Growing up was, for me, always a mix of good times and vague but strong worry. For a year, or maybe two, I was so painfully shy at secondary school, that some days I felt I wouldn’t be able to get on the school bus from Barnhill to Grove Academy in Broughty Ferry. But somehow I always did, and I’d sit sweating in an itchy blazer, trying hard to become invisible, or chattering away as if I was totally fine. But I wasn’t.
The old double decker buses were open at the back. If you were late and had to run to catch the bus after it had already started moving away, you’d have to leap on to the bus and catch hold of the long vertical bar on the little platform. Sometimes, I’d see some poor sod catch the bar but not quite reach the platform, so the bus would drag them for a few moments, until they jumped on board or were hauled on by other kids. This was one origin of badly scuffed school shoes.
At school, I was often mightily bored. I’d sit staring up at the blue or grey skies outside the high windows and wonder if life after school could ever be so dull. Or, would life be packed with adventures and some kind of heroism? The smell of old desks gave me no answer but it has stayed with me ever since.
Art I loved. I remember being praised for a seascape I painted, using a sponge to turn thick white and blue paint on paper into a semblance of frothy waves. Making things was always interesting and the exact results didn’t matter much to me: it was the doing which mattered.
History too could be good. One teacher, a big bearded man, used to wave a ruler about as if it was a Roman sword, and another teacher, a small, non bearded man, was less flamboyant but fascinating – about kailyards, crofting, and the Highland Clearances.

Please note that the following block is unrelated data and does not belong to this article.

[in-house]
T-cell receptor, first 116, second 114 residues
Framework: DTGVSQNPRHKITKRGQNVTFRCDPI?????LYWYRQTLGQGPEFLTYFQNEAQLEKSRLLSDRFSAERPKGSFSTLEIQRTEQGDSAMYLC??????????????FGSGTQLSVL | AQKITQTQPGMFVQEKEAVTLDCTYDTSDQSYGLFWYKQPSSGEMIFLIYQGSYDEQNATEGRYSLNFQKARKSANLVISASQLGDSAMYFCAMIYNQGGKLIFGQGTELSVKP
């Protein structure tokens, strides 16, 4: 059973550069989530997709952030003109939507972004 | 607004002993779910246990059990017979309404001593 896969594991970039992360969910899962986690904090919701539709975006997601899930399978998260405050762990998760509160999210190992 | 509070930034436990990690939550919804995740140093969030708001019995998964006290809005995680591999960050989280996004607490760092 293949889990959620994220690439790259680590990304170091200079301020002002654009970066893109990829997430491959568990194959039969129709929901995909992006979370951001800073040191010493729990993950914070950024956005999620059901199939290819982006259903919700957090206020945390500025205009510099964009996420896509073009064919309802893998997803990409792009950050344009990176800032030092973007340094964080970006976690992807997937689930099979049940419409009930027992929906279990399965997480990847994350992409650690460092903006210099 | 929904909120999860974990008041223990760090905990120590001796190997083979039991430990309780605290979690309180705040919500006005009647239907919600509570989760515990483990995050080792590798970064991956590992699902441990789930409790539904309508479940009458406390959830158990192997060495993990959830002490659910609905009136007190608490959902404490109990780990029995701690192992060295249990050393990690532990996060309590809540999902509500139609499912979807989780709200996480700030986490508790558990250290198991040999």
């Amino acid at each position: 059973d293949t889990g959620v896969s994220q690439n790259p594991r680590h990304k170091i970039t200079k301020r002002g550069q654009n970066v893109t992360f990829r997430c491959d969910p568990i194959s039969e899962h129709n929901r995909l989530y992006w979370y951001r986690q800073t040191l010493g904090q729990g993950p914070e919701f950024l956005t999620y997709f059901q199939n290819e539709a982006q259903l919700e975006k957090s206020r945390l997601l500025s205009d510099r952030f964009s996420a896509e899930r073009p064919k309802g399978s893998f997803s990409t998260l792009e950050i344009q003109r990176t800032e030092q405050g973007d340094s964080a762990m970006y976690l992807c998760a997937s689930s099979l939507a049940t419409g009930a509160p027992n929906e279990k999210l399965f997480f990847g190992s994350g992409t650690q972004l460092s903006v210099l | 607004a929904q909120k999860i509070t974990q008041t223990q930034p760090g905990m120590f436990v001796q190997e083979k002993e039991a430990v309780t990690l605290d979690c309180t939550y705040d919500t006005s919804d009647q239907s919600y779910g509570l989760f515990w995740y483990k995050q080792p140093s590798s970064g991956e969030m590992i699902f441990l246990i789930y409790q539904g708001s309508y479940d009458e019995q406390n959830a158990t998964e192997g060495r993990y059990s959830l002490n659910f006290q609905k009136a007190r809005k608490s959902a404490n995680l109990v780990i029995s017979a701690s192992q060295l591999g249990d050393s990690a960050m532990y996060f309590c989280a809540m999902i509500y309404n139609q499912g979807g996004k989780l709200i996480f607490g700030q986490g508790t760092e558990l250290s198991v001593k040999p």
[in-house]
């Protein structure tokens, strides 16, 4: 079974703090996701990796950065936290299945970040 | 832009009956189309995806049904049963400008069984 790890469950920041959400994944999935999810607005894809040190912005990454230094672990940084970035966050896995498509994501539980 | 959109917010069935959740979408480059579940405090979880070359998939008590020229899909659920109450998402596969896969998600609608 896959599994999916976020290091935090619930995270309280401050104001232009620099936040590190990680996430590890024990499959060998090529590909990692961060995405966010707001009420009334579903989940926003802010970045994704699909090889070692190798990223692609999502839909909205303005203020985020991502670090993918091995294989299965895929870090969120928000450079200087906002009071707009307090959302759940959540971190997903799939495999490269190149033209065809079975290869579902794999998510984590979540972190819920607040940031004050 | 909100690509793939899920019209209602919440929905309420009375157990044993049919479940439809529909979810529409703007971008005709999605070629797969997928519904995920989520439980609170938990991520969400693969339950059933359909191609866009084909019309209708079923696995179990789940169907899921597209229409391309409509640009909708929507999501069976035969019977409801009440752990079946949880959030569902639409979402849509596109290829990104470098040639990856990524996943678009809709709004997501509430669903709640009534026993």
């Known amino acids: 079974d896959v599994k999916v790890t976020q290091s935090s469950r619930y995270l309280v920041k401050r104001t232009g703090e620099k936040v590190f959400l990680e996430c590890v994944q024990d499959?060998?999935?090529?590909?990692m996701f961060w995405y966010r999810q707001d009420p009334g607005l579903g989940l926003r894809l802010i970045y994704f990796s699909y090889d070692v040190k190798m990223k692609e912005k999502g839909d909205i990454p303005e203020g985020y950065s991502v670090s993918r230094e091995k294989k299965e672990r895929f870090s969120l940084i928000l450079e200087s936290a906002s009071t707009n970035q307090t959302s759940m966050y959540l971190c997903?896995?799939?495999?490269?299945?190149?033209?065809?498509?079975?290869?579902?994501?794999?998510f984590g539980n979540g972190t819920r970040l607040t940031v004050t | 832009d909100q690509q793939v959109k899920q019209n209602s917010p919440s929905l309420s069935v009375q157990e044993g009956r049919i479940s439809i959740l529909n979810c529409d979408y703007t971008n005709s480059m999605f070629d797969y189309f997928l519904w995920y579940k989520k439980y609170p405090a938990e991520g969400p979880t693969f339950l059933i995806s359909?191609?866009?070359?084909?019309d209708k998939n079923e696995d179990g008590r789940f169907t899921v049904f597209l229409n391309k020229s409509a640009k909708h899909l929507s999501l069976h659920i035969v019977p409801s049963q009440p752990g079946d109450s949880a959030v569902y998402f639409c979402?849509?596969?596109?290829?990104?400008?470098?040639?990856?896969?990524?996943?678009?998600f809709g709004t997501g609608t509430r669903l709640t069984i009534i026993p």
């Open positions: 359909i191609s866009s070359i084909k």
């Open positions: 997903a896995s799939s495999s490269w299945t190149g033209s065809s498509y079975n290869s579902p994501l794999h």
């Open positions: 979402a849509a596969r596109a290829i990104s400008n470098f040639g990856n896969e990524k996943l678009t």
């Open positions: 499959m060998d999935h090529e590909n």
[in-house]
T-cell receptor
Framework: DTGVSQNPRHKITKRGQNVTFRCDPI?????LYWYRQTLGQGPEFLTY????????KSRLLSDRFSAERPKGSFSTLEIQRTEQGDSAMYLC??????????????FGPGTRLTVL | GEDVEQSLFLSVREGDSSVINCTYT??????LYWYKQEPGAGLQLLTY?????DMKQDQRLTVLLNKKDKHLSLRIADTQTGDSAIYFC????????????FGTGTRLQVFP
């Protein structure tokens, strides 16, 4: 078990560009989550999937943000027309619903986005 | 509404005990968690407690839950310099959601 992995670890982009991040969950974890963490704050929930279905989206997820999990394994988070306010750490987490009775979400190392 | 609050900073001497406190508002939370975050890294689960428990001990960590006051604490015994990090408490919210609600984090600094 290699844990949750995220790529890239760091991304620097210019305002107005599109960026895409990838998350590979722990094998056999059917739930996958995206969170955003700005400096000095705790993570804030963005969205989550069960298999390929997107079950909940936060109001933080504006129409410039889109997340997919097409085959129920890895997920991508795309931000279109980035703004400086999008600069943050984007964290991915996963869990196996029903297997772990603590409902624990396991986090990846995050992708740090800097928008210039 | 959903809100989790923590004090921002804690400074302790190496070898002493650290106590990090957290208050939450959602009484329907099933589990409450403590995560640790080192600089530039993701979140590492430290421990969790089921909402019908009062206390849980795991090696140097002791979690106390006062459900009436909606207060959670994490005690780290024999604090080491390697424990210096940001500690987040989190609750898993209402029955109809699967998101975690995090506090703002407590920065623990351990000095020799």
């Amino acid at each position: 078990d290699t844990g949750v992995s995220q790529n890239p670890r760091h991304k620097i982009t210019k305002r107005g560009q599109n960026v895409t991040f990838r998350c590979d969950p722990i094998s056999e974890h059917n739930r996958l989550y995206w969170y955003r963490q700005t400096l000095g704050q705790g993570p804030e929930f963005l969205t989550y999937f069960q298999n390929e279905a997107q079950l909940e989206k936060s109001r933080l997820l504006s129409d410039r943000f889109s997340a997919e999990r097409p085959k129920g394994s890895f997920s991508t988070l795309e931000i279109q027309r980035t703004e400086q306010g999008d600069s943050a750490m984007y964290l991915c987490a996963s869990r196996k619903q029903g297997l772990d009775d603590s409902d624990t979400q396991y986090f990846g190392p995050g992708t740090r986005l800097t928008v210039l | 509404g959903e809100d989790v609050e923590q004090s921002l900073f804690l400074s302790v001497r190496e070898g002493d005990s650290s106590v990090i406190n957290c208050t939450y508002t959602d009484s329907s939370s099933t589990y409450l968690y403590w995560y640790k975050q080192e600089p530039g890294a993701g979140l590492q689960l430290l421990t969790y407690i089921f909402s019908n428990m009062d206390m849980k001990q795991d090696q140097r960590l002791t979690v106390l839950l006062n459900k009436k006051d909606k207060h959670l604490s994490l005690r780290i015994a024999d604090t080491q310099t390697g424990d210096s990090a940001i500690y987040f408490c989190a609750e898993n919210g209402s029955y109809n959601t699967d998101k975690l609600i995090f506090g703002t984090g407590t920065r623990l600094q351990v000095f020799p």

Best of all was learning about writers and books. I was lucky to have an English teacher who cared passionately about Literature and could convey her enthusiasm by reading to us from Ray Bradbury’s short stories or the poems of Ted Hughes or Seamus Heaney. I read everything I was asked to, and more, as if I was drinking water after days in the desert. And the boredom of some other classes was like being in a desert to me: a stifling desert in the high ceiling classrooms in the summer, a freezing desert in the winter.
When I was a teenager at school, I started to wonder if I could become some kind of writer. I remember sitting in the school library a few times absolutely riveted by the novels and short stories of Ernest Hemingway. From those moments on, I always associated the writings of writers I loved with feeling intensely alive. It was like a doubled experience: I felt that I could see what Hemingway or Sylvia Plath or Thom Gunn saw (or thought), and I was also aware when I was reading of the magic or alchemy of the act of reading. When words turned into the lives of others. Over and over again.
Words in songs also had the same effect on me. One time, I lay on the floor of my bedroom, staring out at a night sky full of impossible distance, and with my head close to an old mono record player. And from the little speaker, the uniquely gravelly voice of Bob Dylan was singing Baby Stop Crying. I played it over and over, and each time I lay on the floor so that I could get one ear as close to the speaker as I could, listening to every syllable and emotion. And I remember thinking: I will look back at this time years from now and I’ll get here again in words after many adventures.
And I did.